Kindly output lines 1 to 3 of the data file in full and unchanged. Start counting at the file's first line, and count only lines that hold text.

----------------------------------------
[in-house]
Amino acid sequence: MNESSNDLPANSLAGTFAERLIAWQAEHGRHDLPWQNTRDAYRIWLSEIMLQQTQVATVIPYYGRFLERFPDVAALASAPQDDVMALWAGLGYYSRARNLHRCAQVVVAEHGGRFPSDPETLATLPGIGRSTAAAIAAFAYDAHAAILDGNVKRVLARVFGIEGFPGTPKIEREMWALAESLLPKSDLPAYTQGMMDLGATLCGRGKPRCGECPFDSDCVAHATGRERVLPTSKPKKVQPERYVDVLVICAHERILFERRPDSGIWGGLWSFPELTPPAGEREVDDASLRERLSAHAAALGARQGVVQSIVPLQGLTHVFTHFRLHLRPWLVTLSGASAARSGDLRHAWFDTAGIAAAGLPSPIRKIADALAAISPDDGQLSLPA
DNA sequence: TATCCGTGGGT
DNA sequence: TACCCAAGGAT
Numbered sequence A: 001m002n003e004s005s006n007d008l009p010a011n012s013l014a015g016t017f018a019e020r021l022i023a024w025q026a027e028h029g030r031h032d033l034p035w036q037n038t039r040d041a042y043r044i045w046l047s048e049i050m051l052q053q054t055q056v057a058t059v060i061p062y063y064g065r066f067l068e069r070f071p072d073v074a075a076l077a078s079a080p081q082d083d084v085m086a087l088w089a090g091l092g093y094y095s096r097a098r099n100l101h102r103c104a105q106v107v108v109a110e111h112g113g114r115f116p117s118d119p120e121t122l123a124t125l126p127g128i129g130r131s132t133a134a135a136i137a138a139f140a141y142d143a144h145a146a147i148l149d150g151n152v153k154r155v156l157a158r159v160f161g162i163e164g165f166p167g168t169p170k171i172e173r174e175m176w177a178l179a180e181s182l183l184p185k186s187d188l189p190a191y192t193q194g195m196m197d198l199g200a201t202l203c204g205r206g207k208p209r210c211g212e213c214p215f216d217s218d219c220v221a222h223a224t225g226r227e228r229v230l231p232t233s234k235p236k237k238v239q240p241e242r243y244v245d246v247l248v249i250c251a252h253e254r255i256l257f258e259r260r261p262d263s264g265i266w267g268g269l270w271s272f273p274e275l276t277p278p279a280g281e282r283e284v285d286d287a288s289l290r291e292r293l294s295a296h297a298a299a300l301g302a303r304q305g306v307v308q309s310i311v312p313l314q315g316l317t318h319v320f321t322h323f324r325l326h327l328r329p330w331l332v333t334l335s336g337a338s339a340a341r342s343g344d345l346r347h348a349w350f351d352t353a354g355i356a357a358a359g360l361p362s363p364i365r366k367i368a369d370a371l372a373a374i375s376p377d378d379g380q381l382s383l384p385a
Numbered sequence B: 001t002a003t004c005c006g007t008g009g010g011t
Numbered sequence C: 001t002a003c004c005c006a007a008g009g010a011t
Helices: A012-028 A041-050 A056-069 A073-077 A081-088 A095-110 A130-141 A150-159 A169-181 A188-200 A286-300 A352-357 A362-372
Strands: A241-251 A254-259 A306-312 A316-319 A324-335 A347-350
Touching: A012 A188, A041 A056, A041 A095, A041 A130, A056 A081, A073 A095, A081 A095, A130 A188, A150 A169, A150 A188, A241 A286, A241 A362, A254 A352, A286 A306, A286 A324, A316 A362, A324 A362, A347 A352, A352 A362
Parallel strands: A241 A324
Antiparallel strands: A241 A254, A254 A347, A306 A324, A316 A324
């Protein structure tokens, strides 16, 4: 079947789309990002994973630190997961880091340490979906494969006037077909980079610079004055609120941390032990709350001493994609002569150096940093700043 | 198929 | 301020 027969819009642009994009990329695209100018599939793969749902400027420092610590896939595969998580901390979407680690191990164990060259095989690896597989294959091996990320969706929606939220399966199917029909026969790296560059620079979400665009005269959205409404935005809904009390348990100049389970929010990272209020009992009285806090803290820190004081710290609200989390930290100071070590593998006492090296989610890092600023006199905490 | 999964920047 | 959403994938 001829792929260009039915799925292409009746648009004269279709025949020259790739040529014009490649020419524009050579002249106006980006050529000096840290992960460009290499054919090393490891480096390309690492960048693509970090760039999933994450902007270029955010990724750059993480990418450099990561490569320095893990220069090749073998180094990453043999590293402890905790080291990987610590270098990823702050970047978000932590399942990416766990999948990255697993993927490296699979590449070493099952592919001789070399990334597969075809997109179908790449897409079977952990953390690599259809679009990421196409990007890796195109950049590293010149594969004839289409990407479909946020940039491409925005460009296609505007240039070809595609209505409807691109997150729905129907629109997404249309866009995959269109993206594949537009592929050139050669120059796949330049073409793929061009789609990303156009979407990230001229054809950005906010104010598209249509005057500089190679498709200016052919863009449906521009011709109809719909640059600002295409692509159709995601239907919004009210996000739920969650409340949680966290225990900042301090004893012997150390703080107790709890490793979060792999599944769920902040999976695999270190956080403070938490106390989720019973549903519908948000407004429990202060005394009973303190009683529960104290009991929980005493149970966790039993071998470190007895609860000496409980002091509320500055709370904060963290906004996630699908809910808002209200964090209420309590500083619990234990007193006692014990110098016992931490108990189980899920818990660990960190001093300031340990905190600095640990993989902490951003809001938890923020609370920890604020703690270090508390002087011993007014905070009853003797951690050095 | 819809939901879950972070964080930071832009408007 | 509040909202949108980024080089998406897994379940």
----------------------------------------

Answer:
[in-house]
Amino acid sequence: MNESSNDLPANSLAGTFAERLIAWQAEHGRHDLPWQNTRDAYRIWLSEIMLQQTQVATVIPYYGRFLERFPDVAALASAPQDDVMALWAGLGYYSRARNLHRCAQVVVAEHGGRFPSDPETLATLPGIGRSTAAAIAAFAYDAHAAILDGNVKRVLARVFGIEGFPGTPKIEREMWALAESLLPKSDLPAYTQGMMDLGATLCGRGKPRCGECPFDSDCVAHATGRERVLPTSKPKKVQPERYVDVLVICAHERILFERRPDSGIWGGLWSFPELTPPAGEREVDDASLRERLSAHAAALGARQGVVQSIVPLQGLTHVFTHFRLHLRPWLVTLSGASAARSGDLRHAWFDTAGIAAAGLPSPIRKIADALAAISPDDGQLSLPA
DNA sequence: TATCCGTGGGT